Her head turns to the touch upon her cheek, her fingers brushing over his knuckles - the drift and release of her reciprocating touch, however, follows the wake of her quiet observance of him as he moves to bar the door, taking a seat by the couches where the tea is steeping. Dark-and-gold eyes sweep over the room, the change in its atmosphere, remember the few nights she had spent on the adjoining suite out of worry for him. But the word that he has resumed venturing out of these rooms and back into the light is one that brings her a tremenduous amount of relief - the guilt would be less, for when it is time to depart these shores for a few weeks. Given his close relationship with Marielle no Rose Sauvage, hopefully these bright spots in his life would continue despite the lack of her watchful eye.

She waits until he's seated, patient enough to force the tension out of the line of her shoulders. She has never been anything less than composed in public, armed with that airy dismissiveness towards those she doesn't care for that it is almost glib. And while she remains outwardly calm, the air around her is a restless thing, thrumming with something elusive and alive, not unlike what he had sensed around her when the two of them competed against one another in the Archery Competition.

Isabelle is able to wait until the tea is poured, before reaching out with careful fingers in an attempt to take his own. Her gaze lifts to meet his own.

"May I count on your discretion? It's about a friend…and a cousin of your mother's."

Jehan-Pascal sets the bar to and comes breezing across to the windows, sliding beneath the billowing curtains and closing up the windows again. Certainly no one can hear their words from the beach below the balcony, but the evening is cooling off more quickly than he expected, and he'll warm up a little over tea and a dearth of sea breeze. "Isabelle, you're making me worried," he remarks, more a statement of condolence than any rebuke. "What in heaven's name is wrong?" he speaks, tonality coaxing and soothing in turns while he pours the tea and then pours himself into the chair opposite her. The chairs at table have arms. All the better to drape himself over. Even if they're only having tea at one small corner of an otherwise massive and imposing piece of furniture. "A friend and a cousin of my mother's, all one person, or a friend, one, and a cousin of my mother's, two?" he goes on to ask.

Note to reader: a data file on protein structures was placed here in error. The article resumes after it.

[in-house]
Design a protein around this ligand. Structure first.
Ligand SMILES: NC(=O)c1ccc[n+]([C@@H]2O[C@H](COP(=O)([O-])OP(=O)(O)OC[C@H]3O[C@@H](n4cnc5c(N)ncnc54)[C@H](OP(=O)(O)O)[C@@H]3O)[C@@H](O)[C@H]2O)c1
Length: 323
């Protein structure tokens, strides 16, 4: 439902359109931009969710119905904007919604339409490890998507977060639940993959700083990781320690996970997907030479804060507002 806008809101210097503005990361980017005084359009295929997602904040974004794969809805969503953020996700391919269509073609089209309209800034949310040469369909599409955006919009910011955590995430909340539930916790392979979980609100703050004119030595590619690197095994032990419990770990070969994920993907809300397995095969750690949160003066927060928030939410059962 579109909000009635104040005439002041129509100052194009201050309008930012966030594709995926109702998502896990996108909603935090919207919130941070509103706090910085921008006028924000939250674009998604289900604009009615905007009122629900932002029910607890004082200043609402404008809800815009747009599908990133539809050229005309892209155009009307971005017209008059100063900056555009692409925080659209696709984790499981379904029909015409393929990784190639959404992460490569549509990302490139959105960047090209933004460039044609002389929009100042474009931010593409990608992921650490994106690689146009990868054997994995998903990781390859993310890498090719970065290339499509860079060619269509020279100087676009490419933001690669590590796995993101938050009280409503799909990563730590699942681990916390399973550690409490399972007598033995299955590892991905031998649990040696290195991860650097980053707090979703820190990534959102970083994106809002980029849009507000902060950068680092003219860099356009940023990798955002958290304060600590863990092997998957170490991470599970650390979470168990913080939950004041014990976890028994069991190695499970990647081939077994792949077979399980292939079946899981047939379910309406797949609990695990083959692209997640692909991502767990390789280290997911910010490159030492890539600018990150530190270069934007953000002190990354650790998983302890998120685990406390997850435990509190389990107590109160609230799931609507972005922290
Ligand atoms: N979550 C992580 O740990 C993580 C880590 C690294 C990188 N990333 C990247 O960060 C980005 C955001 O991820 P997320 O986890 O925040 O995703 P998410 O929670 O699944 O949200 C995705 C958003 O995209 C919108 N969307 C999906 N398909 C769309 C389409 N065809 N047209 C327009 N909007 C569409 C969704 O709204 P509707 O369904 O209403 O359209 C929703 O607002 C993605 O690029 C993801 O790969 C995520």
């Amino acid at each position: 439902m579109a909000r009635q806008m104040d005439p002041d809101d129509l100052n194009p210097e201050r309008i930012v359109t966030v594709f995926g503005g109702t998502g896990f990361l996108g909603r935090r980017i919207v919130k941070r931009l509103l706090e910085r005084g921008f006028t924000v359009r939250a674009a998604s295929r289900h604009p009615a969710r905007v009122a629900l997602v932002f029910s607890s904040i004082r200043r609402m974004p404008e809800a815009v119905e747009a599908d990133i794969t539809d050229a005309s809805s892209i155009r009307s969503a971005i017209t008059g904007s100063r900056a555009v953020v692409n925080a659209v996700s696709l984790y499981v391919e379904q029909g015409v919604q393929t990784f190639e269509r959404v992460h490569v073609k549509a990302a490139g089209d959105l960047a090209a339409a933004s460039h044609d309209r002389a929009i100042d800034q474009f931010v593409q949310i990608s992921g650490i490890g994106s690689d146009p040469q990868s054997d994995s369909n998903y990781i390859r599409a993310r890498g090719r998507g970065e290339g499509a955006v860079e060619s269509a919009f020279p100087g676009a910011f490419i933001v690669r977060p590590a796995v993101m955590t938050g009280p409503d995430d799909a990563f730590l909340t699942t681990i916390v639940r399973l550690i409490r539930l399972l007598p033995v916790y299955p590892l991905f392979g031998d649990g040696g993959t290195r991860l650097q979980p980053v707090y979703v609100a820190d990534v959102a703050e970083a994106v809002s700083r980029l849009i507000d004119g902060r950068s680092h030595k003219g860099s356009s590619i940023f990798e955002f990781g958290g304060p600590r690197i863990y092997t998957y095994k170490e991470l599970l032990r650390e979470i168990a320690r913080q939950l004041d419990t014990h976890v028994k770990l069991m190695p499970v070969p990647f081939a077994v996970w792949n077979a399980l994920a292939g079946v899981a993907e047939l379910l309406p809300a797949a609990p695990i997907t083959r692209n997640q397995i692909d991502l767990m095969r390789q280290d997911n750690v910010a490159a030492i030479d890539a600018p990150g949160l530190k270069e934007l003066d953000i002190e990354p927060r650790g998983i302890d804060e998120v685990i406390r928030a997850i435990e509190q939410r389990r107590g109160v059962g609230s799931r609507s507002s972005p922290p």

"All one person." Tea served, she eases her hand away to pick up her cup, blowing delicately at the steam before taking a quiet sip.

There's a hint of an apology in the line of her mouth as she regards her friend. "Lord Esekiel de Charlot," Isabelle tells him. "I can't say I know him too well, but he and I have overlapping sets of acquaintances that I've gotten to know him a little better than most. A few weeks ago, I was seeing my mother off at my uncle's estate in northern Eisande when I thought I saw him. I approached him to ascertain his identity, and it was him, but he was acting…strangely." She frowns down at her cup. "He recognized me, but quickly pulled me to the side and instructed me to be quiet and discreet. He said something about being followed. He would not tell me more and just said he was on his way back to Kusheth."

She looks over at her friend, her lips pressed in a thin line. "I agreed," she says. "If not just because he looked so serious, but I made him absolutely promise me that he will write me once he returned to his home safely. To this day, I have received no such word."

A few heartbeats of silence fall between them, before: "I hate to be an inconvenience, darling, but I wouldn't be asking if I wasn't genuinely worried. What's worse, I have an appointment abroad that I can't miss - the annual textiles festival in Kriti, which most of my overseas suppliers are attending and I'd be able to meet with them face to face at once without having to make separate trips. But I know myself, I would be even more sleepless if I didn't try, somehow, to put this worry to bed. I was wondering if you would be able to extend a line to the Kusheline side of your family and see if you could confirm that Lord Esekiel is safe in Kusheth and where?"